I sat on the couch with uncontrollable shivers the other night and tried to remember what it was like to be uncomfortably warm. Muggy and buggy and smothering humidity. Trying to catch a breeze from the chugging ceiling fan.
That fan now sits motionless. It’s humming has been replaced by the rumbling humidifier that tries to put a little moisture in the air that is so dry my hair stands on end like I’m getting an electric shock. The window at the top of the stairs has a crack in it and the freezing air paints incredibly beautiful patterns on the frosty glass. Who cares!
My skin hurts. The tableware is painfully cold to the touch. The cat spends the night on the sill of one particular bedroom window that we leave open just a crack. Every once in a while she runs over to the chimney and plasters her body against it. When she’s warm enough, she goes back to her sentry post in the window.
The mouthwash is so cold it hurts my teeth.
It would be more bearable if there were snow on the ground. I know the reason for the bare landscape: My husband changed the oil in the snow blower and he made sure there was plenty of gas in it. He put new wooden tents over the shrubbery. I’ll never let him do that again.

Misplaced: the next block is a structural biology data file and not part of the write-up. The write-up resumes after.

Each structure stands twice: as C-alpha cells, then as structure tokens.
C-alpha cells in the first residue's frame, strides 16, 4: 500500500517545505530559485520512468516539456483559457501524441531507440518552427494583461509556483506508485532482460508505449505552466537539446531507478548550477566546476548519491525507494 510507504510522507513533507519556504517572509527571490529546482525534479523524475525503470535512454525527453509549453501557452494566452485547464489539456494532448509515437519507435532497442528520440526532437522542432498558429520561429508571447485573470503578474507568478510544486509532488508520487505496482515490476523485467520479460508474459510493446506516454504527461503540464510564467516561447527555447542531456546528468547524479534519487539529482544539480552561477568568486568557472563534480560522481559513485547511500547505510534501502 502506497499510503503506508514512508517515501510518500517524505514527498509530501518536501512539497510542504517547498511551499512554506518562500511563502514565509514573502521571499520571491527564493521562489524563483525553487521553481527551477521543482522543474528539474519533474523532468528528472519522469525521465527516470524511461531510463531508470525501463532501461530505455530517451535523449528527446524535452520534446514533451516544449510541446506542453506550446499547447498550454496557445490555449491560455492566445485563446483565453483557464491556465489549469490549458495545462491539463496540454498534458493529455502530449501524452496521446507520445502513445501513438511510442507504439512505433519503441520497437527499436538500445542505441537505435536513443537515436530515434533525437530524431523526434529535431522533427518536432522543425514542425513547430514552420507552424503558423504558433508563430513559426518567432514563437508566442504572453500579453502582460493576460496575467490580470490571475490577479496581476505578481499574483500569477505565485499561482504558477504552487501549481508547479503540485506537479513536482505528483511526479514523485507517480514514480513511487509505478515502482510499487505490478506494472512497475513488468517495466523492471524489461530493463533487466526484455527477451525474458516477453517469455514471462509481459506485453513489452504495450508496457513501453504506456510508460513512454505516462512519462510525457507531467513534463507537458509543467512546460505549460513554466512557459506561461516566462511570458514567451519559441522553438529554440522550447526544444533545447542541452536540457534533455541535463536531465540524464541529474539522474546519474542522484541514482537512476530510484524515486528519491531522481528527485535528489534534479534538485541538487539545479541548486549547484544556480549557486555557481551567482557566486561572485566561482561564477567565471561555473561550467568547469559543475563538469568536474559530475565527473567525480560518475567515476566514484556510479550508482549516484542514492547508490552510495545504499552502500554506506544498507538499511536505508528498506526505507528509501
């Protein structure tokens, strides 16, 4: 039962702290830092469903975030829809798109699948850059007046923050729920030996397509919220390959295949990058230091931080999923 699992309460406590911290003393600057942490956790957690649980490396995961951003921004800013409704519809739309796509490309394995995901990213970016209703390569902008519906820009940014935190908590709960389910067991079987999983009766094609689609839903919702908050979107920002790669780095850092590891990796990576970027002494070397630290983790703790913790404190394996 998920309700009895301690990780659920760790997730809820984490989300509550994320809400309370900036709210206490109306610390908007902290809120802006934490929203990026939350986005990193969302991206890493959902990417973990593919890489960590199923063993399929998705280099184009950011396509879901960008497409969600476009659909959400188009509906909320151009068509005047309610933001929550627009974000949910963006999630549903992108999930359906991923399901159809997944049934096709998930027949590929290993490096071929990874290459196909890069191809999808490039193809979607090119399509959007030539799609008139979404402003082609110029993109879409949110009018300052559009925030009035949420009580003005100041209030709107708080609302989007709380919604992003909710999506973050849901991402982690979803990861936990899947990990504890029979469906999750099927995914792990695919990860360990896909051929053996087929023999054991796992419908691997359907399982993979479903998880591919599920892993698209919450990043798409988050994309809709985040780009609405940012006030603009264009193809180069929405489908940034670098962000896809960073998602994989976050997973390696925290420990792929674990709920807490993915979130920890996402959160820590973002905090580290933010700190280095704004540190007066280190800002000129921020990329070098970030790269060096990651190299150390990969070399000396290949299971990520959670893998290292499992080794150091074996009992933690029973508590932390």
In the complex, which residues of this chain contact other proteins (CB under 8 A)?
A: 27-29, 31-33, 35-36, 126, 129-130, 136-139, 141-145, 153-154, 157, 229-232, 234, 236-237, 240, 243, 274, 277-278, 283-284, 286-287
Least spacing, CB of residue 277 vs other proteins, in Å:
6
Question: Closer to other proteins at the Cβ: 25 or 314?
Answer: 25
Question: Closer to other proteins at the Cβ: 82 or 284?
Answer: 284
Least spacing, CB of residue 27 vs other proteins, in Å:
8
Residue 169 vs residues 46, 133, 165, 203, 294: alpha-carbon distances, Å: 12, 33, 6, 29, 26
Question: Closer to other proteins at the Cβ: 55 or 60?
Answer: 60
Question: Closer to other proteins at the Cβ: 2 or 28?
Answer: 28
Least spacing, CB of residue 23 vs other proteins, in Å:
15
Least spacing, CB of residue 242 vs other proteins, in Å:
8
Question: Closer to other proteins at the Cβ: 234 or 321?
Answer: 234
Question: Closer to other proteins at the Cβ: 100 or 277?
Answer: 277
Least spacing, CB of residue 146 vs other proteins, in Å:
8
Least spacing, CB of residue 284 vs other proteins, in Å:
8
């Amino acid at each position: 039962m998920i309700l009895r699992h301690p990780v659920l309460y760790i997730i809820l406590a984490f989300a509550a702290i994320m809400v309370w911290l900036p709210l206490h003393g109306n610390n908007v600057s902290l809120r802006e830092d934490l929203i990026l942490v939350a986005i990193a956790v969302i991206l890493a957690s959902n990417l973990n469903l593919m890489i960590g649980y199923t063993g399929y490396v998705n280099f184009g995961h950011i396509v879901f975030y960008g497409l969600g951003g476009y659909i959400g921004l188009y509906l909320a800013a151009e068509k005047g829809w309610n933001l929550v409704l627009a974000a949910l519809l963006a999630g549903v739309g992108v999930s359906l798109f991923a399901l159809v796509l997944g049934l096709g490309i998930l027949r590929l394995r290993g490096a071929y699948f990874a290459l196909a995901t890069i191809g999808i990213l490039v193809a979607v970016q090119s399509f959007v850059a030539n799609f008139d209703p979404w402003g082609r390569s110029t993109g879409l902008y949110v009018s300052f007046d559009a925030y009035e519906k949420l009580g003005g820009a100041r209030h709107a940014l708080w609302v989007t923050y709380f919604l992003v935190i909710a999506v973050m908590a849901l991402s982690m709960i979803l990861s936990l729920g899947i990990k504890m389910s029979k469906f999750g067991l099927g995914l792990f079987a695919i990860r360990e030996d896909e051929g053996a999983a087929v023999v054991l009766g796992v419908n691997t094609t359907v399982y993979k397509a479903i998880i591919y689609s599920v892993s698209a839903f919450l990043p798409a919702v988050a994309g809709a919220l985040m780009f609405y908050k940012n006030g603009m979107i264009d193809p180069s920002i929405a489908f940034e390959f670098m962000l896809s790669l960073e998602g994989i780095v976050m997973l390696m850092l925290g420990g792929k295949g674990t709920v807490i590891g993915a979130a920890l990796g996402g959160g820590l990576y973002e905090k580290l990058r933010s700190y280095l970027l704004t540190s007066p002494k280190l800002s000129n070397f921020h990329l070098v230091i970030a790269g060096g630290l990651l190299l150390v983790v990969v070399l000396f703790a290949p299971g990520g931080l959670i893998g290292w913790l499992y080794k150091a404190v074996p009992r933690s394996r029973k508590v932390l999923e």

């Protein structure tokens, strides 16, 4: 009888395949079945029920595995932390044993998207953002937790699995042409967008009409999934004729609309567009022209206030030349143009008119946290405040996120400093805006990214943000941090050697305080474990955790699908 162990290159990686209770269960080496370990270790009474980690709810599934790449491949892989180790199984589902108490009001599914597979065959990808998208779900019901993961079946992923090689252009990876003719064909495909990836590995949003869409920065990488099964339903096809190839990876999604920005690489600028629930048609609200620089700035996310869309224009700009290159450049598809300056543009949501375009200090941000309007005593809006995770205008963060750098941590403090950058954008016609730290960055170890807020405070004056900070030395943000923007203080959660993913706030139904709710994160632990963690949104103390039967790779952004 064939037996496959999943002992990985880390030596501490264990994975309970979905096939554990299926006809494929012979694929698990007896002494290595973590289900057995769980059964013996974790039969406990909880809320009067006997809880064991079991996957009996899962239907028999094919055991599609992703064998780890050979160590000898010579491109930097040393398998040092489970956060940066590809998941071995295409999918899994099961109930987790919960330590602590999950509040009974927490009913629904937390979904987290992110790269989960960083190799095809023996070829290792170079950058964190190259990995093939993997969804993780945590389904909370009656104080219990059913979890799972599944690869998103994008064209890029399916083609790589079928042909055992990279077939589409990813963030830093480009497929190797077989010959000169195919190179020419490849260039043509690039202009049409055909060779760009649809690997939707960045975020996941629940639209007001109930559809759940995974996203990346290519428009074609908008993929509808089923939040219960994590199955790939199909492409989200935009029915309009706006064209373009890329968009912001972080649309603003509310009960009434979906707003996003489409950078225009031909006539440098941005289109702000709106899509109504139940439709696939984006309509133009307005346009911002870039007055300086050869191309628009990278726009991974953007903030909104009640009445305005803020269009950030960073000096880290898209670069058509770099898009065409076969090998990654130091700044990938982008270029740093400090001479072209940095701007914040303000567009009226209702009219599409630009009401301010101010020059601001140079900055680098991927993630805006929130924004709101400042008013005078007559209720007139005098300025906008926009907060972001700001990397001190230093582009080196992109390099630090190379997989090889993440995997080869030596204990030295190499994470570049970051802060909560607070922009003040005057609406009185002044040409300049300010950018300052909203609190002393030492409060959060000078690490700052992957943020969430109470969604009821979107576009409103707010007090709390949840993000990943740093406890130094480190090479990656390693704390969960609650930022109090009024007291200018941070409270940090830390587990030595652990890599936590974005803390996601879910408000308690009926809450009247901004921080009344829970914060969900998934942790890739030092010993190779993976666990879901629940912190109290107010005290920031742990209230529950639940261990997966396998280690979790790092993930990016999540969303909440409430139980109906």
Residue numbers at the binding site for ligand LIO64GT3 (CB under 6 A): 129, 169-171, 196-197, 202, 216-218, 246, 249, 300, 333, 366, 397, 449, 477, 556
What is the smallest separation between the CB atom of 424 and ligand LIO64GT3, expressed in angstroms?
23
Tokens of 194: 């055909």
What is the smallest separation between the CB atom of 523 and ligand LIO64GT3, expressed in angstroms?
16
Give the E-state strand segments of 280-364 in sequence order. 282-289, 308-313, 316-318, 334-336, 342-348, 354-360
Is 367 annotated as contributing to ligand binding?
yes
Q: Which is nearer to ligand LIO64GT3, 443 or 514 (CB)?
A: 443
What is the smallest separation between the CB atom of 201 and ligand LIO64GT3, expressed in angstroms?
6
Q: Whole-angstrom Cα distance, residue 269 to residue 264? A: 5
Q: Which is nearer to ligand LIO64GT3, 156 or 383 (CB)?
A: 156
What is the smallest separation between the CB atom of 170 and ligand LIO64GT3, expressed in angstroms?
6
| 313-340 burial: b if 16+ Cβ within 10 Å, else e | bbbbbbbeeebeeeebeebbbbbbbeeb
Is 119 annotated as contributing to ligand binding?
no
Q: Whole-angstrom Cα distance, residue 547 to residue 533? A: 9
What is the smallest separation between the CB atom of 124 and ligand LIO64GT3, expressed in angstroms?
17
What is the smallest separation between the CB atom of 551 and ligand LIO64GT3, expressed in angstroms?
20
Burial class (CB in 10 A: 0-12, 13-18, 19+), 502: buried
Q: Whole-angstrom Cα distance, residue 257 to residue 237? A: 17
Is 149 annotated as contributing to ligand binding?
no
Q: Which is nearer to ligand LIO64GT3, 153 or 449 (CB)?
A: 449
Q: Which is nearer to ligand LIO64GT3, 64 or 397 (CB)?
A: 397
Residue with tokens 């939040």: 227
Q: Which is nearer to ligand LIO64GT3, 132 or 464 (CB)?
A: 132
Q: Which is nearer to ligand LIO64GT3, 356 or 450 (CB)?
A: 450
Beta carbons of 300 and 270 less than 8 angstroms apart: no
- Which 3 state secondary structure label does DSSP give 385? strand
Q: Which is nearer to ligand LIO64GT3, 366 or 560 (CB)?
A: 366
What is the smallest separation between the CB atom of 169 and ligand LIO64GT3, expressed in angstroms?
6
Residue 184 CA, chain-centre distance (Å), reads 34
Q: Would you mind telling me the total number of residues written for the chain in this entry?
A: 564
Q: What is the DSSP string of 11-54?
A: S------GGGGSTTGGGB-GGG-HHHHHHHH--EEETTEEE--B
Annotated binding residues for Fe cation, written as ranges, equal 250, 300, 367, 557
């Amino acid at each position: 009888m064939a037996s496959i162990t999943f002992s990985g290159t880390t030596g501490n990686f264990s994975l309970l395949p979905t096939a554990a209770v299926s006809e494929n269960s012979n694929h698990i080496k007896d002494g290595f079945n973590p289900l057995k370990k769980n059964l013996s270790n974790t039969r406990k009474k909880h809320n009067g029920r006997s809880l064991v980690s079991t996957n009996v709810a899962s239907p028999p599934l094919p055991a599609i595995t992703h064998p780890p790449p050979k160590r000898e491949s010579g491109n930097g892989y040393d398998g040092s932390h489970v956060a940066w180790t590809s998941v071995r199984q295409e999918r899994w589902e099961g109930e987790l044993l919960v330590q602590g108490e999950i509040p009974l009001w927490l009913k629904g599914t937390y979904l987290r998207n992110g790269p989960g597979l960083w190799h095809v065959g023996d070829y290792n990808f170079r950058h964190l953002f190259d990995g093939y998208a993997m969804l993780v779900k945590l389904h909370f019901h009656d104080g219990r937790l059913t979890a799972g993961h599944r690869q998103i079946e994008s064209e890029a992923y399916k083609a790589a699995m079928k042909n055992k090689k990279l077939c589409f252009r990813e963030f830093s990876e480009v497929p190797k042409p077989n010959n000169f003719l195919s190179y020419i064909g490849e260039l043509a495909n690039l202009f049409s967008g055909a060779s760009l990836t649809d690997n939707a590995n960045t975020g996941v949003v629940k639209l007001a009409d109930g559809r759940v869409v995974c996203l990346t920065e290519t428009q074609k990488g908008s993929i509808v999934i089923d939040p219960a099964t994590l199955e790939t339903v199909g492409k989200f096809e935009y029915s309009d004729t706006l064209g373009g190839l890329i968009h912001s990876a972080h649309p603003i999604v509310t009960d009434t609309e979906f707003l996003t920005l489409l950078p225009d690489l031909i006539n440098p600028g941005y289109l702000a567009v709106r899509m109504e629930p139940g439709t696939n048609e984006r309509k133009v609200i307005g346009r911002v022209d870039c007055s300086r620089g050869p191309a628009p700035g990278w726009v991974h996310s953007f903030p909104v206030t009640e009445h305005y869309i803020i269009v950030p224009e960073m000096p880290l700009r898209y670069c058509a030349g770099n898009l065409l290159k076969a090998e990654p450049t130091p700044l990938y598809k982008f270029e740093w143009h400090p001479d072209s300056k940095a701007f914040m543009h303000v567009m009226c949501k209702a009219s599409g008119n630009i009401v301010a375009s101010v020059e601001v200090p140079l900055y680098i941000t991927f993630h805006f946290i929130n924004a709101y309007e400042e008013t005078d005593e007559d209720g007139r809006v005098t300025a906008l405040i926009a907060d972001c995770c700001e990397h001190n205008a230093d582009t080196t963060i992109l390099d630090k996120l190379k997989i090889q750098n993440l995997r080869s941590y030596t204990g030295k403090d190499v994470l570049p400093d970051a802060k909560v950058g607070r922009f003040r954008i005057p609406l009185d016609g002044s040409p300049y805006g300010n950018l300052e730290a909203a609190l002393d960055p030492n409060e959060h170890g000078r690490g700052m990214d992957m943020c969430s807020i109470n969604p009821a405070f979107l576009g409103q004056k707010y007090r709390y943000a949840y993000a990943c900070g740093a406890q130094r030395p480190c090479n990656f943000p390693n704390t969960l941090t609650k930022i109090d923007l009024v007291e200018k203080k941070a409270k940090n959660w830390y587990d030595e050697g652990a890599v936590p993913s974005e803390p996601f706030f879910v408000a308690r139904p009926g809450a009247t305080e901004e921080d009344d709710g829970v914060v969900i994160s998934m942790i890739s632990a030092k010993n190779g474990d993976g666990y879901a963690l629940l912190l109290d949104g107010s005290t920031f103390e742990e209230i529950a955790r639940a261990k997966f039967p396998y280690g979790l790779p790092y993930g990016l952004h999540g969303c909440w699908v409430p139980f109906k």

A few days ago, the Retreat Meadows developed, at first, an icy sheen and within hours, scores of skaters and fishing shacks seemed to pop out of the bushes. I gotta admit, it’s a beautiful sight. Cold, but beautiful. Our babbling brook is frozen in mid babble.
My daily stroll has become a little more infrequent and my clothing a lot more excessive. I wear rag wool mittens over gloves that have been microwaved for a few minutes. I dug out a pair of genuine, 100% wool socks that really keep my feet warm when I’m in the kitchen. In the living room the floors are so cold that the bottoms of my feet get numb, wool socks or not. I’ve taken to wearing my husband’s ski mask, you know, the kind favored by bank robbers, and my walking partner commented, “It’s not that cold. In fact, it’s not that cold in Antarctica.” OK, warmth comes at the expense of chic.
Five minutes after Christmas was over the summer catalogs started arriving, taunting us with colorful photos of people frolicking in the warm, soothing ocean. These people have golden skin and are frequently photographed slathering on creams that will prevent them from burning in the hot sun. They are sometimes shown bouncing in the waves with their arms wrapped around their torsos, pretending the water is cold. They don’t know cold.
The sound of the oil burner kicking on is the sound of money burning. The plows roar noisily by on bare roads as they search for some snow to push around. My car makes that awful rrr-rrr sound that tells me it’s just thinking about starting and I shouldn’t make plans any time soon.
Look at the bright side, there aren’t any mosquitoes.